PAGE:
What is the carpal tunnel?
beyond the wrist, a small tunnel is created by the bones of the hand and
ligaments attached to it. A big nerve of the hand, called the median
nerve, travels through this tunnel. When there is inflammation in this
area, such as with tenosynovitis, the nerve can get compressed causing
symptoms of numbness and pins and needles in the hand (Carpal Tunnel
How is carpal tunnel syndrome treated?
tunnel syndrome is treated by non-surgical means (splints,
anti-inflammatory drugs, steroid injections) or surgery. Surgery is
recommended if the condition has been prolonged, if symptoms are severe
or if non-surgical treatment is ineffective.
Carpal tunnel release
Surgery involves cutting the ligament that lies over the tunnel to
relieve the pressure on the nerve. The operation can be performed under
local or general anaesthetic. A local anaesthetic is an injection that
numbs an area of skin so that you do not feel pain during the
procedure. The local anaesthetic will not make you sleepy. A general
anaesthetic will put you to sleep for the duration of the procedure.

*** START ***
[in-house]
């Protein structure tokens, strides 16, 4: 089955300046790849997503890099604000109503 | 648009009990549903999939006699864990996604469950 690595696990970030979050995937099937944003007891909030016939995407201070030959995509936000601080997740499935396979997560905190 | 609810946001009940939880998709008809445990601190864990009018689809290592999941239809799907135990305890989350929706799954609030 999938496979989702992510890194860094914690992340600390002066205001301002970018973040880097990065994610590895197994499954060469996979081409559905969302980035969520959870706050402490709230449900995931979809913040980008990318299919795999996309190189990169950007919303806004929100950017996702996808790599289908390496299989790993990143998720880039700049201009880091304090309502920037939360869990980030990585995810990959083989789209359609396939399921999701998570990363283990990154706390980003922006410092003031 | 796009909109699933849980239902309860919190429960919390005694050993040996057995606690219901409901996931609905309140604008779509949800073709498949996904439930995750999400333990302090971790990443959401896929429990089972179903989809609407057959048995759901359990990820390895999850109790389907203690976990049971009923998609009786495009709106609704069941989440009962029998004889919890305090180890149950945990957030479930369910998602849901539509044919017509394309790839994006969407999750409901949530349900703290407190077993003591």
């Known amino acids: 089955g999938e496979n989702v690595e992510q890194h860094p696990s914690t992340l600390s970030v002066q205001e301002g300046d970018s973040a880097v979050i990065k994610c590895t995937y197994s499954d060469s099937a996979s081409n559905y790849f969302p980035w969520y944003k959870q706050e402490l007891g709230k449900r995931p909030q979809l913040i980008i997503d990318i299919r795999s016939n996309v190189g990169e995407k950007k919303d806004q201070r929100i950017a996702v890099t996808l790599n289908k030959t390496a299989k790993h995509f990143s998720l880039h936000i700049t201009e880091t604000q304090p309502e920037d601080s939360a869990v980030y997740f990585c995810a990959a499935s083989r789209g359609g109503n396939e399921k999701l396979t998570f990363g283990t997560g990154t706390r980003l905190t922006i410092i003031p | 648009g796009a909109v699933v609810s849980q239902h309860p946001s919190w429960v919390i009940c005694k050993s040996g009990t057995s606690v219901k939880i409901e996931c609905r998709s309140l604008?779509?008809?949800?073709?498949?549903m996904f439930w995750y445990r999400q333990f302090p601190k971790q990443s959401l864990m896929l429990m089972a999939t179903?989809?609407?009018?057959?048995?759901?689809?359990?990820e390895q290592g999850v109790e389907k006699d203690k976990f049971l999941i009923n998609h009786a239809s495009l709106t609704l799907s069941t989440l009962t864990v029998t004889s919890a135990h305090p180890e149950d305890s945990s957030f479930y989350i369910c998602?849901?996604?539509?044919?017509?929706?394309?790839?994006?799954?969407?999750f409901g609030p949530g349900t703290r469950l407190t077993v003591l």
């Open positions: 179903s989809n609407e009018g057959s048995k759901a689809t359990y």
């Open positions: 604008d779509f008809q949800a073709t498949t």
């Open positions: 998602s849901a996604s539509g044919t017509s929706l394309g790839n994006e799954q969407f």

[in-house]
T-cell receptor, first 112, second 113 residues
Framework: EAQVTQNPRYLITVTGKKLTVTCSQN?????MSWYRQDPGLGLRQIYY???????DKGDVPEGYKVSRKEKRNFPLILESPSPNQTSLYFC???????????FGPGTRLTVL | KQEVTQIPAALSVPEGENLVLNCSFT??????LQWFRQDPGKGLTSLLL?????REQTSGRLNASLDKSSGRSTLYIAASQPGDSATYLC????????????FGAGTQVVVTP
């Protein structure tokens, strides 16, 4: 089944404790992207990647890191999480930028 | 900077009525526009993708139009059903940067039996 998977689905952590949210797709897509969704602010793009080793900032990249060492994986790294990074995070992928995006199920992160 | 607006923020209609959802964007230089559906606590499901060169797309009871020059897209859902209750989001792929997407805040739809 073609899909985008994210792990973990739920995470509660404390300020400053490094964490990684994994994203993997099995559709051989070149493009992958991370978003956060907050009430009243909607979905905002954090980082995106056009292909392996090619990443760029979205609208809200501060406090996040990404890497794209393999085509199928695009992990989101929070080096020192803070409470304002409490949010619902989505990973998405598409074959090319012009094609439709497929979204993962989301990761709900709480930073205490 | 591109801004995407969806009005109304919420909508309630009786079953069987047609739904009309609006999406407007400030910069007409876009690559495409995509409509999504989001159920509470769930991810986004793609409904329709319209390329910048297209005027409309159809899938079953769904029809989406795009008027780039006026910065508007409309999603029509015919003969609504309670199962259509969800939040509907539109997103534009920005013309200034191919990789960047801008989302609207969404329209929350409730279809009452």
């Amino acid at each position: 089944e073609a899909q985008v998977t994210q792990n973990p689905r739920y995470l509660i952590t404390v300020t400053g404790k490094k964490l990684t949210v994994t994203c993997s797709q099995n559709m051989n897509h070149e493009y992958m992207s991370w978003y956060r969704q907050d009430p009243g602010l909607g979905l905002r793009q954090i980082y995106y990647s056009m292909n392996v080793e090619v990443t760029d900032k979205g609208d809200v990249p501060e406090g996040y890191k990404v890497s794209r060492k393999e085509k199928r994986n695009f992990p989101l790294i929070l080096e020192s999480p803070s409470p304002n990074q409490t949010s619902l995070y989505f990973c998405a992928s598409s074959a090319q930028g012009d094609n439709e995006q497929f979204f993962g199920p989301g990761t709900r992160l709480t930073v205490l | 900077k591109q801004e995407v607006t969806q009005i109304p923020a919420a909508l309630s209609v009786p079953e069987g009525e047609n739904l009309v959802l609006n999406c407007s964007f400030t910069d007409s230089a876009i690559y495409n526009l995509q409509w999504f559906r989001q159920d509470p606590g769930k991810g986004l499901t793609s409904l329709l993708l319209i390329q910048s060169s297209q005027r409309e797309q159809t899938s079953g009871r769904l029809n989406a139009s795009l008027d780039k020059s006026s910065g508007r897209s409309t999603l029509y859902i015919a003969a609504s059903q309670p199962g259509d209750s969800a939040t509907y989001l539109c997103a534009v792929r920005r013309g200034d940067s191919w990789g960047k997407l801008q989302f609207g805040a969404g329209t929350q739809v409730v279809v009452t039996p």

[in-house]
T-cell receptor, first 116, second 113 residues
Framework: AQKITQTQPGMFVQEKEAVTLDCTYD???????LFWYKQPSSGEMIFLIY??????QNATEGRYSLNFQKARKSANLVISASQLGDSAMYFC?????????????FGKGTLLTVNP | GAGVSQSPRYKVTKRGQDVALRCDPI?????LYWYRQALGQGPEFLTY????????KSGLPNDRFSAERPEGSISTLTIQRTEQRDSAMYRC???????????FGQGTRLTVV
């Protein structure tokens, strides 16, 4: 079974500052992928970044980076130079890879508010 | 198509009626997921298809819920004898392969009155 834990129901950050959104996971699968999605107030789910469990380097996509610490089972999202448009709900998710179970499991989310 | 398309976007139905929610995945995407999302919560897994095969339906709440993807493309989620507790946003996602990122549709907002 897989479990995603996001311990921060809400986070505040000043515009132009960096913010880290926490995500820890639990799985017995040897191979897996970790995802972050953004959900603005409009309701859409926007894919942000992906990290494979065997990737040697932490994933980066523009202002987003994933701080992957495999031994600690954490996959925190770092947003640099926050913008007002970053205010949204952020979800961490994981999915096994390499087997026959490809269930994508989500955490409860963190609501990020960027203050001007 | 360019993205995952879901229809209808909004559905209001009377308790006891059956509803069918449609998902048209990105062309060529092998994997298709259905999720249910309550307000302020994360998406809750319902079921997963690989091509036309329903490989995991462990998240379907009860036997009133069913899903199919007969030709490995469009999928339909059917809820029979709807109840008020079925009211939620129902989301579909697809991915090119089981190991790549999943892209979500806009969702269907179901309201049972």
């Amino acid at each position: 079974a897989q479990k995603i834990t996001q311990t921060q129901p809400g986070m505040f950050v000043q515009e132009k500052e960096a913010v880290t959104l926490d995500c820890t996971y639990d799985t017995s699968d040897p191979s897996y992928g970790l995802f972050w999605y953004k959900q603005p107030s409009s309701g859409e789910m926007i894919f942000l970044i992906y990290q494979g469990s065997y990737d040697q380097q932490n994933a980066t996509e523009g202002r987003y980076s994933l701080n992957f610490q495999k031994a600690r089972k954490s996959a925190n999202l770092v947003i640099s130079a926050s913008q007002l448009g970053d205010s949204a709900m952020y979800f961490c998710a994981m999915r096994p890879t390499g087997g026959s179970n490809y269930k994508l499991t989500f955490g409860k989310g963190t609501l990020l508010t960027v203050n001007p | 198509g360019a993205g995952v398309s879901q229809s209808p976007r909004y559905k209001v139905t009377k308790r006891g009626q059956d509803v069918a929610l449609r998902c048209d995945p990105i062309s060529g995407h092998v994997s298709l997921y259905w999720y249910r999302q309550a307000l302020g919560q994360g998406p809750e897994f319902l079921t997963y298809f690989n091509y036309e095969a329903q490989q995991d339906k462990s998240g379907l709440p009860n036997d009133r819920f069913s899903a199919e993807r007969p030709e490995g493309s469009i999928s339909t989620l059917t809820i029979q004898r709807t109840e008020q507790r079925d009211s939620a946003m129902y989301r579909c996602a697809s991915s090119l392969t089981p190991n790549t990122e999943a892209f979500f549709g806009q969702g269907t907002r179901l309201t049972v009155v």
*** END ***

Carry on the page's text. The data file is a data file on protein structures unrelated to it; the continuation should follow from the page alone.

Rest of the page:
After the procedure
procedure is done under local anaesthetic, you will be free to go home
soon after. As the local anaesthetic wears off, you may require
painkillers. The pain should settle in a few days, however, the pins
and needles may remain for a few weeks. During the initial recovery
period, it is important to keep your hand elevated. Your doctor will
also suggest various exercises for you to do in order to promote healing
and prevent swelling and stiffness. You may commence light duties early
and start driving after you have regained strength in your hand and
fingers. Fully recovery may take a few months.
stitches will need to be removed by Dr Warrier at a time specified,
usually one to two weeks after the procedure.
with any operation, there are risks associated with Carpal tunnel
release. The potential complications are
Infection – may require antibiotics
Damage to a nerve (may cause numbness or rarely, require another
Recurrence – rare (occurs in 1%); symptoms may persist if the
ligament has not been cut completely and need a re-operation.
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